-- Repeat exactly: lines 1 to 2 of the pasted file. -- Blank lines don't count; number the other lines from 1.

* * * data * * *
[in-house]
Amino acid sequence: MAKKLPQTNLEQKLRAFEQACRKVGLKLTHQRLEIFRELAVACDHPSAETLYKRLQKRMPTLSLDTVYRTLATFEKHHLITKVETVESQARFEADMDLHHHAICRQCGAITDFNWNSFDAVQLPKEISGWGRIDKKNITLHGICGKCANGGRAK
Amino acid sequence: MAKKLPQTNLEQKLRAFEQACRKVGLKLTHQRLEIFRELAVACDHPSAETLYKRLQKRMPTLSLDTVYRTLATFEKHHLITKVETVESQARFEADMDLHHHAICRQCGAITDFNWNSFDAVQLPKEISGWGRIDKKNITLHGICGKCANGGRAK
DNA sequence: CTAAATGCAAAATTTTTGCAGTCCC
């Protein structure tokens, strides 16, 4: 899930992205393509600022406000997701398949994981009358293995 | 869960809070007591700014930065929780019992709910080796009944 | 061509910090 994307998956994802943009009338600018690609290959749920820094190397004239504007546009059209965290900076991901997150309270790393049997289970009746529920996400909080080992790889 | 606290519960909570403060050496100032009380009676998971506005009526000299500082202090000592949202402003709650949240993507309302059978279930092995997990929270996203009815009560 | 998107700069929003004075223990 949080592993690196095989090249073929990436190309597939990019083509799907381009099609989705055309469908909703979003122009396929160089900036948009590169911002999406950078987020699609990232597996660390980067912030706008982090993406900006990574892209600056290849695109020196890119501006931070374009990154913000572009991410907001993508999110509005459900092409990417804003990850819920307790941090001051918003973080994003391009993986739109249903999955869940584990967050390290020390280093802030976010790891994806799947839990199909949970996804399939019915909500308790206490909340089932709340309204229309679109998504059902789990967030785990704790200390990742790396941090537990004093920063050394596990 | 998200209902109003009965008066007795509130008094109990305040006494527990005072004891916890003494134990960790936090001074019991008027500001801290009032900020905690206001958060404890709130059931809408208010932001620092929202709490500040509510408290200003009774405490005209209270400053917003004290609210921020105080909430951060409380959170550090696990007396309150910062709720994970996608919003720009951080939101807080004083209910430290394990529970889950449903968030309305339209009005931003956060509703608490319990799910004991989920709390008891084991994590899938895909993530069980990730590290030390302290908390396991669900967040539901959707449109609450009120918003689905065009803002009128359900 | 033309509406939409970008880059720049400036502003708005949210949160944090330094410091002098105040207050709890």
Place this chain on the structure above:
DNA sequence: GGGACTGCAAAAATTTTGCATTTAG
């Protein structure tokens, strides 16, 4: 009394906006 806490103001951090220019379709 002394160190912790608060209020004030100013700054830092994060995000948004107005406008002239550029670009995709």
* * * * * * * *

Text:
[in-house]
Amino acid sequence: MAKKLPQTNLEQKLRAFEQACRKVGLKLTHQRLEIFRELAVACDHPSAETLYKRLQKRMPTLSLDTVYRTLATFEKHHLITKVETVESQARFEADMDLHHHAICRQCGAITDFNWNSFDAVQLPKEISGWGRIDKKNITLHGICGKCANGGRAK